That said, based on the projection and the stuff that he showed, Strickland was hardly going to be a deal-breaker when the Sox acquired Adam LaRoche (meant to give the Sox corner infield depth at a time when Mike Lowell‘s health was becoming a growing concern) in late-July 2009. Indeed, Strickland was viewed as the second piece in the deal, with shortstop Argenis Diaz (a gifted defender) representing the player who was considered the more valuable chip at the time.
The Pirates continued to develop him as a starter, where he performed well down the stretch in Single-A in 2009, but he struggled in two levels of A-ball the following year, had to be shut down for shoulder soreness and ultimately required a rotator cuff repair that wiped out all of his 2011 season. When he returned to the mound in 2012, he pitched well in nine starts, but his stuff became more powerful when he was shifted to a relief role that June. He got up to 95 mph and started opening eyes, to the point where the Pirates added him to their 40-man roster that offseason, and where the Giants claimed him on waivers and committed a 40-man spot to him in April 2013.
In working out of the stretch and pitching with more aggressiveness and tempo, Strickland’s delivery seemed to sync up in a way that permitted him to realize previously untapped reserves of power. He looked dominant with the Giants’ High-A affiliate in 2013, only to blow out his elbow in May, resulting in Tommy John surgery that came at a time when he seemed to be positioning himself for big league consideration.
But he evidently approached his rehab with extraordinary determination, based on the high-90s to triple digits fastball and slider combination that he’s shown since his return this year. For the first time in his life, he was able to combine health with the command he’d shown as a 20-year-old with the Red Sox and electric arm speed to yield a 55-to-4 strikeout-to-walk rate in High-A and Double-A this year. The performance was sufficiently dominating that the Giants elected to call up Strickland — who had never pitched above Single-A with the Red Sox, and who’d never pitched above Double-A in the seven-plus years since he’d signed with the Sox — to pitch in the big leagues down the stretch while now entrusting him with some of their most critical outs.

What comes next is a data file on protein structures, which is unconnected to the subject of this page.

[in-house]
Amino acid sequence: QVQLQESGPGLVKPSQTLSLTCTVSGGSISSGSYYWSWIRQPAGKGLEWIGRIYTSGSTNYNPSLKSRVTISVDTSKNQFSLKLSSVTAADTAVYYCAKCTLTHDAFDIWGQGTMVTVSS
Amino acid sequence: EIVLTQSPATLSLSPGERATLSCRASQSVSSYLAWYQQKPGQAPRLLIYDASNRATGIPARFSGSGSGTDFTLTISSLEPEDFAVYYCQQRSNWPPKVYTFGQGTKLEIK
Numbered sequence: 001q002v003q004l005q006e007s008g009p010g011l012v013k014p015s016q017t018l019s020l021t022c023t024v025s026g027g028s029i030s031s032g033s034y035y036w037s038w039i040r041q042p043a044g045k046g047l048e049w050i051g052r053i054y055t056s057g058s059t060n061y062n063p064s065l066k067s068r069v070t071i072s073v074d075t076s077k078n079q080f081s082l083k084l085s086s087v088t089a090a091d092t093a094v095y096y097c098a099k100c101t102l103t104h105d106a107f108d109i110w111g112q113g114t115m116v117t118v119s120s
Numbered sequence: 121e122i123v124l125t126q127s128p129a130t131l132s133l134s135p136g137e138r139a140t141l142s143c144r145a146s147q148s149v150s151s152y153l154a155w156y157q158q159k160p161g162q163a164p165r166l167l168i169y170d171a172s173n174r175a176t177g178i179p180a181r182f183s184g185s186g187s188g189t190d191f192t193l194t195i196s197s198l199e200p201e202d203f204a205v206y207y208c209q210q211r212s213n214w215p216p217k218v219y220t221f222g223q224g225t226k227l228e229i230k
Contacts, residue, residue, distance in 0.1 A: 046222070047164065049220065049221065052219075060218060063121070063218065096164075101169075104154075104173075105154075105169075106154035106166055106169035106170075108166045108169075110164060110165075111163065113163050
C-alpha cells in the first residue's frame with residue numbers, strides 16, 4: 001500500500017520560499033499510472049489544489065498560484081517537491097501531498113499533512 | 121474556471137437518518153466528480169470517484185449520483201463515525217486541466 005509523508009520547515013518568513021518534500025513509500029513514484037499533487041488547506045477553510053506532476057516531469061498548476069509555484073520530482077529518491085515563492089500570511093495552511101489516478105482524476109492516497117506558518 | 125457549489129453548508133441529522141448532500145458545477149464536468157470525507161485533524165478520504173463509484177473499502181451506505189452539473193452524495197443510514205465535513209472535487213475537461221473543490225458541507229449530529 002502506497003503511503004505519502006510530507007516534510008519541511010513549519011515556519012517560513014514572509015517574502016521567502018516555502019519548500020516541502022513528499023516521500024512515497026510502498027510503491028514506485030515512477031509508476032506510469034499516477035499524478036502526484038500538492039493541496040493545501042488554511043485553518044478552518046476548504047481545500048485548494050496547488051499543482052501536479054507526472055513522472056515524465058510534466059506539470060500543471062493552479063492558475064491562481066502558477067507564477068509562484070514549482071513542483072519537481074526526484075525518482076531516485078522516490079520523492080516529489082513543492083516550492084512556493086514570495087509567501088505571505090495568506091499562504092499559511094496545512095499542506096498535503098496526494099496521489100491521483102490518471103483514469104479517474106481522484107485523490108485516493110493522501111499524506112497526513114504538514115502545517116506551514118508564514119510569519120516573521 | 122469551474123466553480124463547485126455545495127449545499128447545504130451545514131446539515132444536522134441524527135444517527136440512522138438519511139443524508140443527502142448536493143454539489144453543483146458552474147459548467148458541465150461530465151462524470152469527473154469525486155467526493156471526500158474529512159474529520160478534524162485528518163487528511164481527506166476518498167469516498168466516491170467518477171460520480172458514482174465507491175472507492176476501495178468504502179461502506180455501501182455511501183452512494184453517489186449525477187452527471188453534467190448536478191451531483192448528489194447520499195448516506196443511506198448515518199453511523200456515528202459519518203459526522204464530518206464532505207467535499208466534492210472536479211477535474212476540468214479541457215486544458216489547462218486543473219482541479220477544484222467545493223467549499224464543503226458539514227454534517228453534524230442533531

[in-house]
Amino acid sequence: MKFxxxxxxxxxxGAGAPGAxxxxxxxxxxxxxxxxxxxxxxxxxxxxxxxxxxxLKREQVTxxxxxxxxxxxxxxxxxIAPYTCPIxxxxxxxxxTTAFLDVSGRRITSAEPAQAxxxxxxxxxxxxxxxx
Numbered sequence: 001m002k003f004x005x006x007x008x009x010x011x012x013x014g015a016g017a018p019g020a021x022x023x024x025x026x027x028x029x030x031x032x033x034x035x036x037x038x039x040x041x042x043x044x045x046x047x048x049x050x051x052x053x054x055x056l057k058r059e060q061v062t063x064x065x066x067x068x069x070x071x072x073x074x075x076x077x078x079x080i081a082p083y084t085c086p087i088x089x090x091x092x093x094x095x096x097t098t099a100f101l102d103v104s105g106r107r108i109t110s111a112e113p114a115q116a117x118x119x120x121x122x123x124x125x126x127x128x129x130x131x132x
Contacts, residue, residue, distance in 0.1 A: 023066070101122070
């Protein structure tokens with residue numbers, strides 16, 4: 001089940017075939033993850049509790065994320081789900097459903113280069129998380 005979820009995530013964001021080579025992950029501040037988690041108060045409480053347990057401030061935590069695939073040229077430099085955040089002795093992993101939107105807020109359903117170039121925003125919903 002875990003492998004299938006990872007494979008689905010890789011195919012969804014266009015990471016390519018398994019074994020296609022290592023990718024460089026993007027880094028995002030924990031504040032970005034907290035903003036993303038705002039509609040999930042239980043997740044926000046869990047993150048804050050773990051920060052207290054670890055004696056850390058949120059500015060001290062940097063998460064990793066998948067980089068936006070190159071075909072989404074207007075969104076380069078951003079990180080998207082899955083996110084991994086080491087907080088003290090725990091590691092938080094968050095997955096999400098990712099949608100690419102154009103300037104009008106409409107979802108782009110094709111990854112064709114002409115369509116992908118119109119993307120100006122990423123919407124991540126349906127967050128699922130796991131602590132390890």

From afar, the Sox have been thrilled for the 26-year-old’s success. “It’s terrific, what I’m seeing. It’s outstanding,” said Boles. “With him, to say that I would have ever thought he’d touch 100? No. I couldn’t tell you that. I hadn’t seen that. But that’s a credit to his work ethic. He had a work ethic that was second to none. Obviously, he put the time in. … Watching him now, his arm speed has definitely picked up. He’s got a lot of velocity and a lot of real quality stuff coming out of his hand.
“To see him now on one of the biggest stages, it’s pretty special,” added Boles. “I just think that it shows you that anything is possible. There’s guys that have gotten a lot of attention. But you can never say never with guys. You can’t sell short, especially, intelligence and game makeup. Obviously, having the stuff to match that plays a key component. But you just can’t write anybody off at any given point in time. Unless they say that they’re finished, you just never know, and that’s the beauty of this. Anything is possible with these guys.”